Best Bites is a roundup of the outstanding dishes we had within the last month, those which renewed our love for established venues, caught our attention at a new opening, or impressed on us again the creativity and skill of Hong Kong’s talented chefs. From casual street bites to meticulously prepared tasting menu dishes, these are the plates we’d recommend you make a special trip for.
The dish: Crispy rice cracker with hairy crab roe
We’re well in the thick of hairy crab season — before you miss your chance to try this autumnal specialty, I’d advise you to go and have a taste of the creative hairy crab dishes around town, including a whopping 14-dish hairy crab menu at 10 Shanghai. The limited-time creations here range from baked hairy crab casserole to braised pork tendon with hairy crab and hairy crab noodles, but my personal favourite are the crispy rice crackers with hairy crab roe. Priced at HK$160 for two pieces, the hand-held snack tastes like the world’s most delicious chip — the thick, crunchy base weighed down with what seems like a whole crab’s worth of lip-smacking creamy orange roe and succulent crab meat. –Leslie Yeh, Dining Editor
10 Shanghai, Shop 101, Lee Garden Two, 28 Yun Ping Road, Causeway Bay, Hong Kong, +852 2338 5500
The dish: Vitello Tonnato
I make no pretenses about the fact that I’m equal-opportunity when it comes to Italy’s intricate culinary patchwork. It doesn’t matter whether we’re talking Campagnia, Apulia or Lazio — my enjoyment borders on the indiscriminate. That said, when struck by a particularly serious case of the munchies, I’ve found Piedmontese cuisine — with its impressive tradition of cheese, truffles and game — to be an absolute corker. That’s all down to dishes like this Vitello Tonnato (HK$230) — served as part of the revamped lunch menu at Wan Chai institution Grissini.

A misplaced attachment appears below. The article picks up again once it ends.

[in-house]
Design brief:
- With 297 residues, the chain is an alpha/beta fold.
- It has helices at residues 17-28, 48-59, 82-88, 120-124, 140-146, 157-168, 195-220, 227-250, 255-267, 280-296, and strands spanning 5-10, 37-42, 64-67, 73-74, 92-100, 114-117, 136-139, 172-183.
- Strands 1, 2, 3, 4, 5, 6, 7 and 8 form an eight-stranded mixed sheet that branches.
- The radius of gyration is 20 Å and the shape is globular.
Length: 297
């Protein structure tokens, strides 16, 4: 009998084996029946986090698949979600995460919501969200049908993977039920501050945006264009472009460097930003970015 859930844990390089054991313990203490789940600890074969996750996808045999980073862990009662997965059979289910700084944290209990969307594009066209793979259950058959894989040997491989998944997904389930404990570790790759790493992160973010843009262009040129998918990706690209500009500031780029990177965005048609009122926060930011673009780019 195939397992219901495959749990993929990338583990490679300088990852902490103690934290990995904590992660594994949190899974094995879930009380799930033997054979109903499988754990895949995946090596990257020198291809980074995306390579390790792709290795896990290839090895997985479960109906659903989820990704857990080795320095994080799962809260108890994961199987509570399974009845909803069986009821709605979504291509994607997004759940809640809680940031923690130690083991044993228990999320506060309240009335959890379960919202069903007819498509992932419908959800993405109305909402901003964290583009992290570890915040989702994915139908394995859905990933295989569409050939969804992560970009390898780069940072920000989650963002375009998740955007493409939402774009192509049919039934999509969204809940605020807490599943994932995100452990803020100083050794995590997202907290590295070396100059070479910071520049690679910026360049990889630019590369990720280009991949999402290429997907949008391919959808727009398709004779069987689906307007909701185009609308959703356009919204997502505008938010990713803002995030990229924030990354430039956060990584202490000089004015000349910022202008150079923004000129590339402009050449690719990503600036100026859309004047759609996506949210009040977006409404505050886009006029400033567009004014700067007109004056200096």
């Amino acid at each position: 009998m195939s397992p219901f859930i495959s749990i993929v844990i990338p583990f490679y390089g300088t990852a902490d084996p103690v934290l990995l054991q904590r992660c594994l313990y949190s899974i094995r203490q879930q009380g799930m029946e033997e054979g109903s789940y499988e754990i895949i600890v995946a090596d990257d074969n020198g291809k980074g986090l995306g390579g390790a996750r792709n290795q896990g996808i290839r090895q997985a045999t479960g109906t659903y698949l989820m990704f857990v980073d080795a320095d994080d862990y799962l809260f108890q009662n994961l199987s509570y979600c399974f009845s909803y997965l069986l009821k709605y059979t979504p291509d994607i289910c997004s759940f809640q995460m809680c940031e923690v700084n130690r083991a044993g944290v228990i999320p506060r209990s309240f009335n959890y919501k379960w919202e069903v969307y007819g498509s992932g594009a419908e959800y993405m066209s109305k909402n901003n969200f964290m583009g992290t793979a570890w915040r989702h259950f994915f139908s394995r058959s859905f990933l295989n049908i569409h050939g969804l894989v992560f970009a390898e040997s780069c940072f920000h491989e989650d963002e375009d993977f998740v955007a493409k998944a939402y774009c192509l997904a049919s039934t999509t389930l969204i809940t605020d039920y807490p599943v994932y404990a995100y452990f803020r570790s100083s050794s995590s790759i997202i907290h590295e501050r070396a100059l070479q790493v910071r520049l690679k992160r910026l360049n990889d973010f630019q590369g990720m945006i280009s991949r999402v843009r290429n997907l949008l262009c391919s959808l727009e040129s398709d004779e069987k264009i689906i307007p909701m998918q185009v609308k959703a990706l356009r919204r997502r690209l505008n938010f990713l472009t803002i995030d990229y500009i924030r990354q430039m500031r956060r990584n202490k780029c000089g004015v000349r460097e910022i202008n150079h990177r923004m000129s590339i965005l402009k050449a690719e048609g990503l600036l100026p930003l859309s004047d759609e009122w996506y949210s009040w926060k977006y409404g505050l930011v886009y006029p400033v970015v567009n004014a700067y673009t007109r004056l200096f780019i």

Chef Marcello’s concept of vitello is sure to satisfy culinary hardliners– veal, tuna, mayo, the whole gang’s present — yet even his preferred method of assembly is a kind of middle finger to the pitfalls of traditionalism. What do I mean exactly? Rather than submerging meat under an ocean of mayonnaise (as custom dictates) Chef Marcello interlaces his razor-thin vitello with perfectly proportioned dots of sauce. What is achieved is a more balanced meat-to-condiment ratio: one which makes the overall dish lighter and prettier, whilst retaining the characteristic richness of the original recipe. –Randy Lai, Watches Editor
Grissini, 2/F, Grand Hyatt Hong Kong, 1 Harbour Road, Wan Chai, Hong Kong, +852 2584 7722
Ying Jee Club
The dish: Steamed king prawn with egg white and crab coral
With Duddell’s alumnus Executive Chef Siu Hin-chi helming the ship, Ying Jee Club is no doubt hoping to retain its coveted two-Michelin-star status following the jump in last year’s Michelin guide, recently unleashing a slew of new dishes for the autumn season. Return visitors can look forward to new flavours to tempt their taste buds, from wok-fried A4 Wagyu beef with scallion and soy sauce, to baked king prawns with Chinese celery and sautéed eel with Tianjin cabbage and capsicum. While trying a recent tasting menu with both new and signature dishes, however, I couldn’t help but return to an old favourite: chef Hin’s steamed king prawn on a bed of crab meat, egg white and crab roe (HK$420 per person) — a plate that’s as stunningly beautiful as it is well-balanced in flavours. –LY